I can’t believe I’m writing my final op-ed piece as editor-in-chief. I have been dedicated to The Transcript since my first semester freshman year. It feels as though I’m leaving my family, or someone I really, really like.
I struggled to think about what I should write about. I’ve already written about how this paper has improved my self-confidence and writing skills. I’ve also written about how thorough the journalism department and The Transcript, I found people that are now integral parts of my life.
So I’ve decided to write something about the recent issues concerning The Transcript and the faculty meeting.
Since I became editor in January 2015, I have always sent a reporter to cover faculty meetings.
Normally, nothing remarkable happens in them. In fact, they’re normally quite boring. But this semester, members of the faculty have taken issue with our presence. They think because we having a sharing agreement with The Delaware Gazette that our reporter is somehow connected to the Gazette. That is completely and utterly false.
Another issue is that some faculty members don’t feel comfortable with our pieces being published in the Gazette. That makes me roll my eyes, because we publish online. People from around the world read us. We are no long an insular publication like in years past. We are not out to get faculty members and start a witch hunt. The rationale I have behind covering these meetings is to let students, parents and families, and the shareholders and stakeholders, know what is going on in this institution. I don’t think it’s a lot to ask for a bit of transparency.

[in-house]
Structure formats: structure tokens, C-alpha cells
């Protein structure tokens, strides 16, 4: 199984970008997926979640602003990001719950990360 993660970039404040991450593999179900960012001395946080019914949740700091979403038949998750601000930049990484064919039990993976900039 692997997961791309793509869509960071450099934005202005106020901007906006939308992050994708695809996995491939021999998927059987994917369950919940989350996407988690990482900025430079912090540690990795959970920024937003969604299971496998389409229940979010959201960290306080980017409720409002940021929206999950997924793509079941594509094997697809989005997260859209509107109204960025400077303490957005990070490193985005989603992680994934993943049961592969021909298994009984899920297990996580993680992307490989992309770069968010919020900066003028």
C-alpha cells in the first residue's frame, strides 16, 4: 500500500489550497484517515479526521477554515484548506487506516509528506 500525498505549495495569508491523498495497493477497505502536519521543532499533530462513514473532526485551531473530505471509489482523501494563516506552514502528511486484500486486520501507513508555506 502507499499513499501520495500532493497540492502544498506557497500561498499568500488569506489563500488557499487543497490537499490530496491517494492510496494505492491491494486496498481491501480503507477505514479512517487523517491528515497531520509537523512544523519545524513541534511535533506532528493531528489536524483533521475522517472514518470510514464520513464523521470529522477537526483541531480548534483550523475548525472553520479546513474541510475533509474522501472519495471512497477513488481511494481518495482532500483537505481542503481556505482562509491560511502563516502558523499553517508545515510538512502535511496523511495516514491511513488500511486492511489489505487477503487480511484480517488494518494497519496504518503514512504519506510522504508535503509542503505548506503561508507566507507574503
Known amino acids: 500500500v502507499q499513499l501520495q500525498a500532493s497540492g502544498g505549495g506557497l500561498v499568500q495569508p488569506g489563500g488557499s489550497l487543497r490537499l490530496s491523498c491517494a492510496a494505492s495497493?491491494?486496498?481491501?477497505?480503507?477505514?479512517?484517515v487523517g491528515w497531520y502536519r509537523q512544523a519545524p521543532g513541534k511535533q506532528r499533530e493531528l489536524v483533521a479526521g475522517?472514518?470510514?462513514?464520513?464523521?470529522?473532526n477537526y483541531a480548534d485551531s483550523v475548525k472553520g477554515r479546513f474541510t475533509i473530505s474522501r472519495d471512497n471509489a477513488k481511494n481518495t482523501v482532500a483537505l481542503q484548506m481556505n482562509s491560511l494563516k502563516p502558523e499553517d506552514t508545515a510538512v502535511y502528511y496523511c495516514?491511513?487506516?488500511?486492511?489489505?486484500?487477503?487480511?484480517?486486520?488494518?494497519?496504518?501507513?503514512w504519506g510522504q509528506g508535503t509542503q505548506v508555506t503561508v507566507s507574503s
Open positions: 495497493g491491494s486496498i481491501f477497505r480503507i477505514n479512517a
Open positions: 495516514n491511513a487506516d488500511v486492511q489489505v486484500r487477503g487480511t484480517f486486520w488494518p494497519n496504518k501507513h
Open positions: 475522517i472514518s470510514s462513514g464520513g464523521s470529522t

As I hurtle toward real-life, I have no regrets with how I’ve managed this paper. Actually, I’m extremely proud of everything I have done. My fellow editors and reporters have done everything, and more, that I’ve asked of them. I don’t know how I would’ve managed without them, to be quite frank.
This faculty meeting issue will not be solved in an hour-long meeting or a few weeks. This is obviously something that has touched the nerve of many, and there needs to be some sort of compromise. However, I will not back down in advocating for reporters to be at faculty meetings. I stand by all of my decisions.
I have put blood, sweat and tears into this publication. I don’t regret any of my sleepless nights, my anxiety attacks or mistakes I have made along the way. This paper has made me into who I am; how I identify myself at Ohio Wesleyan. It is probably one of my proudest accomplishments not only at OWU, but also in my life.
It’s a shame that the ending of my tenure as editor is being marred by controversy. But hey, I would rather go out with a bang rather than a whimper.